Jul 22, 2020
The Other Sports

Tight Knit: A Look Into the Secretive Competitive Knitting Community

By James Cook

While on assignment following Guy Fieri’s trans-American Diners, Drive-in’s and Dives route, I stumbled across the greatest find of my journalistic career to date. As I walked into this small-town eatery, my senses were overcome by the sights and smells. Peeling and fading pictures of Elvis, Marylin Monroe and Jerry Seinfeld covered the walls. The smells of salt and grease hung in the air, and everything was covered in a film inherited from all of the restaurants on the road to Flavortown. 

But underneath these sights and smells, I heard a sound that brought me back to my grandmother's living room. The distinct clacking of knitting needles resonated from a geriatric group huddled in a corner booth. Upon approaching the group and speaking to the members of the table, I was introduced to the underground world of competitive knitting. 

“No last names please,” the team captain, Muriel, explained to the league.

“There are various teams scattered across the country with each team consisting of a number of specialists. We get together and compete to see which team is best.” 

She refused to go into the details about what actually went down at the competitions. 

“Trade secrets,” was all she would say. 

She did reveal that the teams would meet in North-Eastern Michigan, or South-Central Maine, depending on the maple syrup harvest, to compete. “You never want to miss a good syrup fest,” noted Muriel. 

Roger, better known as, “the best cable knitter on this side of the Mississippi,” had some very strong opinions on everything from luncheon meats to proper cloud identification.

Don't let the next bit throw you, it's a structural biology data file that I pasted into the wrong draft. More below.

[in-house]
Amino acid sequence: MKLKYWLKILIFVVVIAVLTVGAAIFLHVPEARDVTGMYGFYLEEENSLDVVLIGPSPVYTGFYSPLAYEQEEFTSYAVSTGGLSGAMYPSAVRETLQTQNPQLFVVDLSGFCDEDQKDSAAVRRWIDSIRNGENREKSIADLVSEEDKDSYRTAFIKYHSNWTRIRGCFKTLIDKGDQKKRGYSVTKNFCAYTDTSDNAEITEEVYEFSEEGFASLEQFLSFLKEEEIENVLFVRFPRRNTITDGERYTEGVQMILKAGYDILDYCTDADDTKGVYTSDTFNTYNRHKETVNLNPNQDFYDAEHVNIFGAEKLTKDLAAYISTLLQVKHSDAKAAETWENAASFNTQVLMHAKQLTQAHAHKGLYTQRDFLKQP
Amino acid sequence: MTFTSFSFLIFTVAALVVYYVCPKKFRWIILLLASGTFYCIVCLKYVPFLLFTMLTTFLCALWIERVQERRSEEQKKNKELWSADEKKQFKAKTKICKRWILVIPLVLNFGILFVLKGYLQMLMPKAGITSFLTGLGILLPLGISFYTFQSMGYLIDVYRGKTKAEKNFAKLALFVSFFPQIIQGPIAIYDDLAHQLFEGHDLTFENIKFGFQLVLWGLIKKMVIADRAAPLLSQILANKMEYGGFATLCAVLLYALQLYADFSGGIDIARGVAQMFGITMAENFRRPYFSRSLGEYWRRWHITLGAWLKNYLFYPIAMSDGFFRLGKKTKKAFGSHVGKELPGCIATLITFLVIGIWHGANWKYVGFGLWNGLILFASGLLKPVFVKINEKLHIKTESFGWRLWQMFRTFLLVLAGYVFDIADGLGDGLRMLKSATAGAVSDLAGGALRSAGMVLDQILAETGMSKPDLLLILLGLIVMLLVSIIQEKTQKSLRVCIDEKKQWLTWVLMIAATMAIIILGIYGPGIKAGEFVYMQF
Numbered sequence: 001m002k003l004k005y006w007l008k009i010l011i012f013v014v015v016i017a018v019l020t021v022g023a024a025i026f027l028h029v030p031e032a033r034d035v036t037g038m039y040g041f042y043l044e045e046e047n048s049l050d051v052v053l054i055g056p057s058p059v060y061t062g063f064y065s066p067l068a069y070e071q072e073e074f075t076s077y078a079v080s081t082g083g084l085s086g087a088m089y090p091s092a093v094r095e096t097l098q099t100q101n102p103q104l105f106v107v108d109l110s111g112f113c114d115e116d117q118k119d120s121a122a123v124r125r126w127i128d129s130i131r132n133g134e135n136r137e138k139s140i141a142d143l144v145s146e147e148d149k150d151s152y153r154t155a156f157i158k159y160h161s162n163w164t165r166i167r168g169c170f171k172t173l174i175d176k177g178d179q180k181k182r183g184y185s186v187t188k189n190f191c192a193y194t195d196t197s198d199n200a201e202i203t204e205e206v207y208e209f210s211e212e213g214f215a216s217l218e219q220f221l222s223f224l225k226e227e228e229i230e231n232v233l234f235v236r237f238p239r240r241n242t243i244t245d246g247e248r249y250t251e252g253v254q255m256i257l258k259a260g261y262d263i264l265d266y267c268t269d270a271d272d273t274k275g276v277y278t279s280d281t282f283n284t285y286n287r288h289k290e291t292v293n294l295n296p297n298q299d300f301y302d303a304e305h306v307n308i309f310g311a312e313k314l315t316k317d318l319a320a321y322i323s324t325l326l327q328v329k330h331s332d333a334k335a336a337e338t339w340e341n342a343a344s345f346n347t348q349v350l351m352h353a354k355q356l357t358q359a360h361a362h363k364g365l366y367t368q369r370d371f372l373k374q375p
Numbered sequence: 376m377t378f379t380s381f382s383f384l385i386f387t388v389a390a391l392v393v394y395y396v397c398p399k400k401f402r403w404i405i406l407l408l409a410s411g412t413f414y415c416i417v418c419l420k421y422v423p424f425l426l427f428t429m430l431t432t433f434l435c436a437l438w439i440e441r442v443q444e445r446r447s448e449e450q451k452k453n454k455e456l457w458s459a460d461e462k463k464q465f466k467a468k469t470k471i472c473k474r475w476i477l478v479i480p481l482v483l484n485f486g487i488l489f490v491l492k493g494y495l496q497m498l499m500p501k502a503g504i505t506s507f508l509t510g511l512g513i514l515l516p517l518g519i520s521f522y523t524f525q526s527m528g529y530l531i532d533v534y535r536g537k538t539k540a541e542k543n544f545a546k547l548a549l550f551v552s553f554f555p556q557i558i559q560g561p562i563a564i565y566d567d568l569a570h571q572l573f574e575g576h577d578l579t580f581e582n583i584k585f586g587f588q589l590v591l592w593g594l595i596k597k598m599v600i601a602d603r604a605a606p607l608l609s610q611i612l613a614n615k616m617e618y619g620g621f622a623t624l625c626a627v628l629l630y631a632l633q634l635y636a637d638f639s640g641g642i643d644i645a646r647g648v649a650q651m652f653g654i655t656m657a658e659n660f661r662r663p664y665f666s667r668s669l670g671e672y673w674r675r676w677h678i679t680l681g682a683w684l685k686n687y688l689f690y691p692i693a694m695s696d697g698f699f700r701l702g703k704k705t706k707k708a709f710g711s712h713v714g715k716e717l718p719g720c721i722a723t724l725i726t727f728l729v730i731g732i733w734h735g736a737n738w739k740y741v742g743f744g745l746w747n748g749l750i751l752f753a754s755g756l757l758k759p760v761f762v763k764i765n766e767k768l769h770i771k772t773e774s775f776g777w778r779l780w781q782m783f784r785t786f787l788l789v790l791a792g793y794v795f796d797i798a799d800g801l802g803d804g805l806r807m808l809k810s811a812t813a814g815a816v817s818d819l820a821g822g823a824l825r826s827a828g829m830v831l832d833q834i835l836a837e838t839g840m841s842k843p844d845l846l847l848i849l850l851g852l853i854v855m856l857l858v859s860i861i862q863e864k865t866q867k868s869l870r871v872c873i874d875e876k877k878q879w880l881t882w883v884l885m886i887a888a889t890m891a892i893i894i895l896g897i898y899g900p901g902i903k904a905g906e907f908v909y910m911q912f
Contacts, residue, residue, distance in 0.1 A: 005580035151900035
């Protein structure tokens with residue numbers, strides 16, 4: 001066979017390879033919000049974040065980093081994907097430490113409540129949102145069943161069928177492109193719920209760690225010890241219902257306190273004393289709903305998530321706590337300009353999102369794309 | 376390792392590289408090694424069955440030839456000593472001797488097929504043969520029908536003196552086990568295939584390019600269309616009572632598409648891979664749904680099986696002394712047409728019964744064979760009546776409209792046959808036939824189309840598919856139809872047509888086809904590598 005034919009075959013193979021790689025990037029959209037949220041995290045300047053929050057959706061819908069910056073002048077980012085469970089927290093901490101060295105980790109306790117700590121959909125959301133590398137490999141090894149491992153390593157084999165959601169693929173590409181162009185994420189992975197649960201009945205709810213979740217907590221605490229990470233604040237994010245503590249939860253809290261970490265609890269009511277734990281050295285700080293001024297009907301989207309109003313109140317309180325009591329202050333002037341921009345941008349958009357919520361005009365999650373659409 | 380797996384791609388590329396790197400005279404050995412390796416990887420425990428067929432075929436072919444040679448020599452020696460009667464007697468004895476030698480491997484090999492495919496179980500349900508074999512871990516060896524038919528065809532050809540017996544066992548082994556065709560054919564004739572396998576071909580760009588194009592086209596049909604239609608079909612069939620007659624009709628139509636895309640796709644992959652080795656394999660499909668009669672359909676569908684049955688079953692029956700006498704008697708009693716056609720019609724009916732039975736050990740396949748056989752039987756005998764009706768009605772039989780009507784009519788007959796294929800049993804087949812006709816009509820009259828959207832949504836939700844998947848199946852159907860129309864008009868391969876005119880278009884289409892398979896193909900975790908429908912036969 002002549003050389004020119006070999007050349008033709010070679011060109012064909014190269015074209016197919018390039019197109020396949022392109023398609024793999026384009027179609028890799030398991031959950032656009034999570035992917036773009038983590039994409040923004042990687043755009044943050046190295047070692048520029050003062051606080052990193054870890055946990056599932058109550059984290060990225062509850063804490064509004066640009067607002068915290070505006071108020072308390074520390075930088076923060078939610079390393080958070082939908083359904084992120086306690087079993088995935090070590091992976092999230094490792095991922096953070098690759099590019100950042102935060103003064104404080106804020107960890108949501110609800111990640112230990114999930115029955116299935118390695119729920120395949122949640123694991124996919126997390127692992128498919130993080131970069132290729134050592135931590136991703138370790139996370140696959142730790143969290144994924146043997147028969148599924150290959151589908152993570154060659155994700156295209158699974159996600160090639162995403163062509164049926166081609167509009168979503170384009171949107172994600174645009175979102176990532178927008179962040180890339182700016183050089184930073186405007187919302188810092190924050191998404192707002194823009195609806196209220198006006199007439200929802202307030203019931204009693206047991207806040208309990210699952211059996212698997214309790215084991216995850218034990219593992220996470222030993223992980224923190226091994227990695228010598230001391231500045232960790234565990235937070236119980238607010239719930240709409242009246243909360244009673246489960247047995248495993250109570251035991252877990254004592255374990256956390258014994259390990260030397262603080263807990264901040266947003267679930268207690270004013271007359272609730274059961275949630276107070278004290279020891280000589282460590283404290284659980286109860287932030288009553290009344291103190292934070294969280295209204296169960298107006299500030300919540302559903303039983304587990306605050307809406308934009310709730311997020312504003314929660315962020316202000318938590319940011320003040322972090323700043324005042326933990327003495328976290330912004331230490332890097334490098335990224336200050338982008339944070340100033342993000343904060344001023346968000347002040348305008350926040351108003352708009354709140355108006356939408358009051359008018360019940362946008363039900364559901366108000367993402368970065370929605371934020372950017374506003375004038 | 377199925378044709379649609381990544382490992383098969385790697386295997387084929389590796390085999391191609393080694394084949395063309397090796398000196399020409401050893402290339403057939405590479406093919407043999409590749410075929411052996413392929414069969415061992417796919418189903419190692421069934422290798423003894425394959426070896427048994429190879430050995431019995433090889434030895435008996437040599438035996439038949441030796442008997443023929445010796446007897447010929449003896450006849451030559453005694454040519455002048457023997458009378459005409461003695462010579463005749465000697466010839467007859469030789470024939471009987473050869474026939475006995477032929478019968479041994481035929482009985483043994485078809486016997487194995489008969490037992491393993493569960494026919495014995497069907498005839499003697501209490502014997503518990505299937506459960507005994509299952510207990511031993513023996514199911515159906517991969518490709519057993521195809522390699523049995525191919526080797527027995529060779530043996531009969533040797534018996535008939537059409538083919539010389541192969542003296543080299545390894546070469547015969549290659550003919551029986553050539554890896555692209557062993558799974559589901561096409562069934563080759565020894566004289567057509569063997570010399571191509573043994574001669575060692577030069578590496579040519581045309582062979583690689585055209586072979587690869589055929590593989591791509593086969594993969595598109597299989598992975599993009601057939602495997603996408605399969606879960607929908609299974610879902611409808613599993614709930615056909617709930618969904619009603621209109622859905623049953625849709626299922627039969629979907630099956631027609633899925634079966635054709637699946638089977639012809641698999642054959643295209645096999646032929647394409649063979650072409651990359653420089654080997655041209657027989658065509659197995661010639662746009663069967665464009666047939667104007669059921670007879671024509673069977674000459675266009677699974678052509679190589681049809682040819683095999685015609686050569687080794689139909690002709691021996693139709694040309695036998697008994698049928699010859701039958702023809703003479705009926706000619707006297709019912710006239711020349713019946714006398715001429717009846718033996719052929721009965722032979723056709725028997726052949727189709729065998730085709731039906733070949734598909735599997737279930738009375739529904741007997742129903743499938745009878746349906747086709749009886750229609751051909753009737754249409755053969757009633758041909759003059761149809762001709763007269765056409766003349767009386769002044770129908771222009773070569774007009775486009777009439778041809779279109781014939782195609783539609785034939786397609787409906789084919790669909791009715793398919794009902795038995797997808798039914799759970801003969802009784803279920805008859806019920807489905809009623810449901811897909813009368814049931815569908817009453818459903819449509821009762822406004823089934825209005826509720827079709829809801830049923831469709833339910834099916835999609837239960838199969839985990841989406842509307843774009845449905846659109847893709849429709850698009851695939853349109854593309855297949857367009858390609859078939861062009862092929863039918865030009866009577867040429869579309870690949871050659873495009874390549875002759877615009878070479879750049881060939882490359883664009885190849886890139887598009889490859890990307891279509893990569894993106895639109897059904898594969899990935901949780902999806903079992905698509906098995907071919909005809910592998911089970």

“We’re all doomed! Kids these days can’t tell the difference between a slip-slip-knit and a knit-two-together decrease; I wouldn’t be surprised if they didn’t know a stockinette from a garter stitch. Ridiculous!” 

The rest of the team was ready to share their opinions as well. The team’s yarn spinner, Clara, ranted about the shortcomings of crocheting for no less than 45 minutes, eventually stating that “anyone worth their weight in worsted alpaca yarn knows that needles are better than hooks!” 

Ethel, who spent the entire time working intently on a shawl or baby’s bonnet—I really couldn’t tell the difference—thoughtfully and insightfully added, “I do like knitting.” 

The rest of the time I spent with the Knitting Team was filled with bizarre stories of 90- foot-long scarves, microscopic argyle sweaters, and a successful line of thumbless mittens for dogs. After what could have been hours, I got up to pay the bill. When I turned around, the team had disappeared. 

Though I have searched as hard as I can, I’ve found no trace of the Knitting Team. They had gone into the wilds of American legends; residing in league with Area 51 and the Jersey Devil.